GLAAD released its fourth annual Studio Responsibility Index this morning, finding that the racial diversity of LGBT characters “drastically decreased” since last year’s report and that there “remains a lack of substantial LGBT characters in mainstream films.” No studios were given a “Good” rating for their 2015 films while Paramount, Disney and Warner Bros received “Failing” grades from the media advocacy watchdog for their portrayals of LGBT people.

GLAAD’s index maps the quantity, quality, and diversity of images of LGBT people in films released by the seven largest studios during the calendar year. The group found that of the 126 releases from the major studios in 2015, 22 (17.5%) included characters identified as lesbian, gay, bisexual, and/or transgender. That reps no change from the 17.5% of films found to be inclusive in the previous report. The group says the majority of LGBT characters in 2015 were minor roles.

“Hollywood’s films lag far behind any other form of media when it comes to portrayals of LGBT characters,” said GLAAD President & CEO Sarah Kate Ellis. “Too often, the few LGBT characters that make it to the big screen are the target of a punchline or token characters. The film industry must embrace new and inclusive stories if it wants to remain competitive and relevant.”

GLAAD said both Paramount and Disney “completely excluded LGBT characters in their 2015 film slates.” It added that transgender representation is “shockingly low,” with only one character in the mainstream releases of 2015 — Warner’s Hot Pursuit — “whose brief appearance served as a punchline.”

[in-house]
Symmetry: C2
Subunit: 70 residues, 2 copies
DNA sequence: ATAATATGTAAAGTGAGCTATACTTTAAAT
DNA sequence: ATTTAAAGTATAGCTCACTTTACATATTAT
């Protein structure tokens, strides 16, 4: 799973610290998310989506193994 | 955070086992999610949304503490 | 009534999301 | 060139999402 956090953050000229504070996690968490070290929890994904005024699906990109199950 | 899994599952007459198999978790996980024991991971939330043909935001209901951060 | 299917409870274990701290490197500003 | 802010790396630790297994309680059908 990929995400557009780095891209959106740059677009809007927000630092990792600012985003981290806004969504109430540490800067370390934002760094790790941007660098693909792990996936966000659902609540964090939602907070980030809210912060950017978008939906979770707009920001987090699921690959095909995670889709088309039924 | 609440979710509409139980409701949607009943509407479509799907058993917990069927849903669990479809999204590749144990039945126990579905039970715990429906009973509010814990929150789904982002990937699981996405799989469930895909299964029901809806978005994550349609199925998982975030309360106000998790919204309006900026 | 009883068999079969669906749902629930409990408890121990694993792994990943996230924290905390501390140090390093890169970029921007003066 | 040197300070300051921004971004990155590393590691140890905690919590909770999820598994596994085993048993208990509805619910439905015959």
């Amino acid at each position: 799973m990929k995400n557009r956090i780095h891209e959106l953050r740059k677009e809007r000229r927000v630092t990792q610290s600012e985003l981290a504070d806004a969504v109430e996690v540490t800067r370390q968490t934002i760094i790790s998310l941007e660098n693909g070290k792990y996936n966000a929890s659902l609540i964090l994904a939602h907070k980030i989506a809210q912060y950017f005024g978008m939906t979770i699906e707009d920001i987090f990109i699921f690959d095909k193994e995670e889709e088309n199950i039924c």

While Warner received a “Good” rating for 2014, GLAAD this year handed out no such stamps of approval. Of the other majors, Fox, Lionsgate, Sony and Universal all received ratings of  “Adequate.”

But, GLAAD said, “Adequate is no longer adequate” and beginning next year, the SRI will use a five-star scale, from one star (“Failing”) to five stars (“Excellent”).

Particularly upsetting is the “dismal” racial diversity of LGBT characters across all media platforms. But, says GLAAD, “film sadly took a step back this year with a near seven-percentage point drop in LGBT characters of color… There is not just one LGBT experience and there are plenty of diverse and groundbreaking stories about the LGBT community yet to be told. Creators must tell the stories of our large and diverse community through the eyes of more than one character, thereby creating opportunities for compelling storylines.”

There was better news on the specialty side. GLAAD examined the releases of four smaller affiliated studios (Focus, Fox Searchlight, Roadside Attractions and Sony Classics) to draw a comparison. Of the 46 films released under those studios’ imprints in 2015, GLAAD found 10 (22%) to be LGBT-inclusive — an increase from the 10.6% from the same divisions in 2014.

GLAAD noted that films which relied on “gay panic and defamatory stereotypes for cheap laughs” included Kevin Hart-starring films Get Hard (WB) and The Wedding Ringer (Sony), “which contain more blatant and incessant gay panic humor than we have seen in a Hollywood film in years.” Hot Tub Time Machine 2 (Par) also received a mention.

GLAAD said it would like to see a greater number of mainstream films pass what’s known as the Vito Russo Test. Inspired by the Bechdel Test (and named for Vito Russo, author of the groundbreaking 1981 study of gay Hollywood The Celluloid Closet), it’s a set of criteria which analyzes how LGBT characters are represented in a fictional work. After improvements in the past few years, only eight of the 22 major studio films that featured an LGBT character passed the test for 2015, the lowest percentage in the study’s history.